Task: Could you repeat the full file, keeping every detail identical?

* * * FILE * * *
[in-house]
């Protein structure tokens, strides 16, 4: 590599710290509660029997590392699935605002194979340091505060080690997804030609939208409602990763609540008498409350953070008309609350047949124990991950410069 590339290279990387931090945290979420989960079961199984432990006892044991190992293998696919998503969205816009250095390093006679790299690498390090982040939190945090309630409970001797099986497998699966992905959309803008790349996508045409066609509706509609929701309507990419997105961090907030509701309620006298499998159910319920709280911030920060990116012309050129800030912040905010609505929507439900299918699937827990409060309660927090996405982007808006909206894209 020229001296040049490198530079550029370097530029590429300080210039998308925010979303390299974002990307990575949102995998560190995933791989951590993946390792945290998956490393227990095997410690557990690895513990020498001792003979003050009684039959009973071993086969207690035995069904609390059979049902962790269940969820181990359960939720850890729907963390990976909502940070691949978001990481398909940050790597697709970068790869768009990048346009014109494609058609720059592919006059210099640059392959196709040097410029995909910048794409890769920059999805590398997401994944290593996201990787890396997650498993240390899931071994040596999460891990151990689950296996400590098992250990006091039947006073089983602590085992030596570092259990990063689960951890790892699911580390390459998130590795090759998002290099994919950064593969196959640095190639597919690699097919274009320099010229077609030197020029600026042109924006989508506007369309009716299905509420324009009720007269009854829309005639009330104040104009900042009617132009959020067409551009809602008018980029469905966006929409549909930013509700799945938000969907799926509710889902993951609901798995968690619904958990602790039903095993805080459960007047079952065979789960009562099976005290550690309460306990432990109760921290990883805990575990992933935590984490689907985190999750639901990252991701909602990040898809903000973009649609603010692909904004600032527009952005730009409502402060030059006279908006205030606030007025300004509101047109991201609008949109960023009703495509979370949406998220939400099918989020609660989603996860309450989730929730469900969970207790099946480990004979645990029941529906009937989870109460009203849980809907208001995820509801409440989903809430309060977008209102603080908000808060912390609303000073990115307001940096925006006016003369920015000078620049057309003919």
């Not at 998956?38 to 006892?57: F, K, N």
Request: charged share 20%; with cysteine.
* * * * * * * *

[in-house]
């Protein structure tokens, strides 16, 4: 590599710290509660029997590392699935605002194979340091505060080690997804030609939208409602990763609540008498409350953070008309609350047949124990991950410069 590339290279990387931090945290979420989960079961199984432990006892044991190992293998696919998503969205816009250095390093006679790299690498390090982040939190945090309630409970001797099986497998699966992905959309803008790349996508045409066609509706509609929701309507990419997105961090907030509701309620006298499998159910319920709280911030920060990116012309050129800030912040905010609505929507439900299918699937827990409060309660927090996405982007808006909206894209 020229001296040049490198530079550029370097530029590429300080210039998308925010979303390299974002990307990575949102995998560190995933791989951590993946390792945290998956490393227990095997410690557990690895513990020498001792003979003050009684039959009973071993086969207690035995069904609390059979049902962790269940969820181990359960939720850890729907963390990976909502940070691949978001990481398909940050790597697709970068790869768009990048346009014109494609058609720059592919006059210099640059392959196709040097410029995909910048794409890769920059999805590398997401994944290593996201990787890396997650498993240390899931071994040596999460891990151990689950296996400590098992250990006091039947006073089983602590085992030596570092259990990063689960951890790892699911580390390459998130590795090759998002290099994919950064593969196959640095190639597919690699097919274009320099010229077609030197020029600026042109924006989508506007369309009716299905509420324009009720007269009854829309005639009330104040104009900042009617132009959020067409551009809602008018980029469905966006929409549909930013509700799945938000969907799926509710889902993951609901798995968690619904958990602790039903095993805080459960007047079952065979789960009562099976005290550690309460306990432990109760921290990883805990575990992933935590984490689907985190999750639901990252991701909602990040898809903000973009649609603010692909904004600032527009952005730009409502402060030059006279908006205030606030007025300004509101047109991201609008949109960023009703495509979370949406998220939400099918989020609660989603996860309450989730929730469900969970207790099946480990004979645990029941529906009937989870109460009203849980809907208001995820509801409440989903809430309060977008209102603080908000808060912390609303000073990115307001940096925006006016003369920015000078620049057309003919």
């Not at 998956?38 to 006892?57: F, K, N």
Request: charged share 20%; with cysteine.